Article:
The real meaning of employee engagement
There are a lot of definitions of employee engagement out there, and they’re all missing the mark. It’s not that they are inaccurate – it’s that the way we define engagement is making it harder, ironically, for us to solve the problem of disengagement.
Here’s what’s happening: Engagement is most commonly defined as the level of “emotional commitment or connection” an employee has to the organization and its goals. That’s an intuitively satisfying definition. We can certainly imagine someone who is committed and connected working very hard and giving extra effort. It makes sense.
However, there is no direct method to improve someone else’s level of emotional connection and commitment.
It’s internal. You can’t make someone love you. Despite this fact, there is currently a $1 billion industry trying to help companies make this happen anyway. Researchers and consultants have been making cases for their particular models for moving the needle on engagement, which includes things like having a best friend at work, getting consistent feedback from managers, creating a clear career path, etc.
The research has been mostly correlational – for example, the highly engaged employees tend to report more often that they get a lot of feedback from managers (i.e., feedback and engagement are positively correlated). Seeing that correlation, we assume that giving people feedback is a solution to the engagement problem – it will improve that level of emotional commitment and connection.
Except sometimes it doesn’t. Sometimes, we give them more feedback and it has zero impact on their level of engagement. That’s the problem with correlations.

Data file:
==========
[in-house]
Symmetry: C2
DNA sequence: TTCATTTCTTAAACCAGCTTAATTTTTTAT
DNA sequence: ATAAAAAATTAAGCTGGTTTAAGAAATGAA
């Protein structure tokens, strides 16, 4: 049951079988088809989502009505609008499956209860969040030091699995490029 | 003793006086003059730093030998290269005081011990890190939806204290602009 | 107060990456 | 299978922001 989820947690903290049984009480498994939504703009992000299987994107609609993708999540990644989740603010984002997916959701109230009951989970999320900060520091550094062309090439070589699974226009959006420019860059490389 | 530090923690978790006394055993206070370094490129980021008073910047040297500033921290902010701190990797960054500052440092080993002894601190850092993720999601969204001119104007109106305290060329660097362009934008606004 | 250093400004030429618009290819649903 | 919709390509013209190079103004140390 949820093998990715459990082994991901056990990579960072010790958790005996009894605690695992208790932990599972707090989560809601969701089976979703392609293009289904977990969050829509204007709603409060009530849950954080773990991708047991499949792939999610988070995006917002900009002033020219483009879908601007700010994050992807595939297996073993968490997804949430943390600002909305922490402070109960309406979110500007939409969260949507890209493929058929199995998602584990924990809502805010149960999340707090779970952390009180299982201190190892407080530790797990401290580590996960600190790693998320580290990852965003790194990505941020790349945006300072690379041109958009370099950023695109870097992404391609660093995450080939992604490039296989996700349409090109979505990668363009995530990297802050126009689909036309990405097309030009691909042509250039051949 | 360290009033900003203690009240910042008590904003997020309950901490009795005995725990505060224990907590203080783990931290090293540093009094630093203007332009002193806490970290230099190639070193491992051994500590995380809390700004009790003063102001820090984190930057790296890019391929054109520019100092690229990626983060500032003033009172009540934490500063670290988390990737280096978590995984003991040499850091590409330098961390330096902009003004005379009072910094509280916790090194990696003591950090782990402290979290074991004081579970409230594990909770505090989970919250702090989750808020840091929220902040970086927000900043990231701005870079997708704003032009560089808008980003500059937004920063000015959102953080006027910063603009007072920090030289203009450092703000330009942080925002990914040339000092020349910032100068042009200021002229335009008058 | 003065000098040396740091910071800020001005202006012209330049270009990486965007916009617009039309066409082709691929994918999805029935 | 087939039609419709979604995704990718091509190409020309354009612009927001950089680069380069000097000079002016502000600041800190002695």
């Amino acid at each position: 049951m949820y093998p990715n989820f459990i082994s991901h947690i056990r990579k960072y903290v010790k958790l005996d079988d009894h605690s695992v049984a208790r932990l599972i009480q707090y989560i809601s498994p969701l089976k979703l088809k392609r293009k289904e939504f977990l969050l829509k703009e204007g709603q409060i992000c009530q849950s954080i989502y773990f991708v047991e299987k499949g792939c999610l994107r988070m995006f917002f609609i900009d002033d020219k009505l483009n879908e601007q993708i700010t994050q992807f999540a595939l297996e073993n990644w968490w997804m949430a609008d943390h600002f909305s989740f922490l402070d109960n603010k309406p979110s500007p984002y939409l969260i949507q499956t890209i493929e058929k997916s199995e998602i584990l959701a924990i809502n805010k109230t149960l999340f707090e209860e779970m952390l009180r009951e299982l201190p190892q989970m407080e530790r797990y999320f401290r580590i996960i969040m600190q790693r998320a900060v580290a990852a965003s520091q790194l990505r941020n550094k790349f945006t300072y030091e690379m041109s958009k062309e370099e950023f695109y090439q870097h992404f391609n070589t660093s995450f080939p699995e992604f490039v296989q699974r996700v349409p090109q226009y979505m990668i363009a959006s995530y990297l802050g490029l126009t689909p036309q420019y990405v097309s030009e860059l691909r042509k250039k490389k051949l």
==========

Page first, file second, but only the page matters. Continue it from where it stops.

We haven’t necessarily identified the underlying cause, which is why we’re not moving the collective needle on engagement.
We’re chasing solutions based on correlations, and not understanding the root cause at all. That $1 billion investment is focused on the symptoms, and it’s not working.
In our work at Human Workplaces, we are suggesting a more direct approach. Let’s define engagement in a way that identifies root causes up front: Employee engagement is the level of emotional commitment and connection employees have to an organization, which is driven by how successful they are at work, both personally and organizationally.
Employee engagement is the result of people being consistently successful. Period. When the organization I work for creates an environment where I can be consistently and deeply successful in my own personal work – and on top of that, my individual success contributes clearly to the success of the organization – then I will be a highly engaged employee.
But as soon as you start messing with success, engagement (commitment, connection) is going to decline. Here are some common culprits, by the way:
Making people go through unnecessary red tape to get things done.
Blocking people from serving the customer because they lack the “authority” in the org chart.
Setting your people up to fail by not training them adequately.
Missing the ball on big shifts in your operating environment (remember when Kodak missed the digital camera revolution?) so people’s efforts seem futile.
The reason those efforts hurt engagement is because they inhibit both individual and organizational success.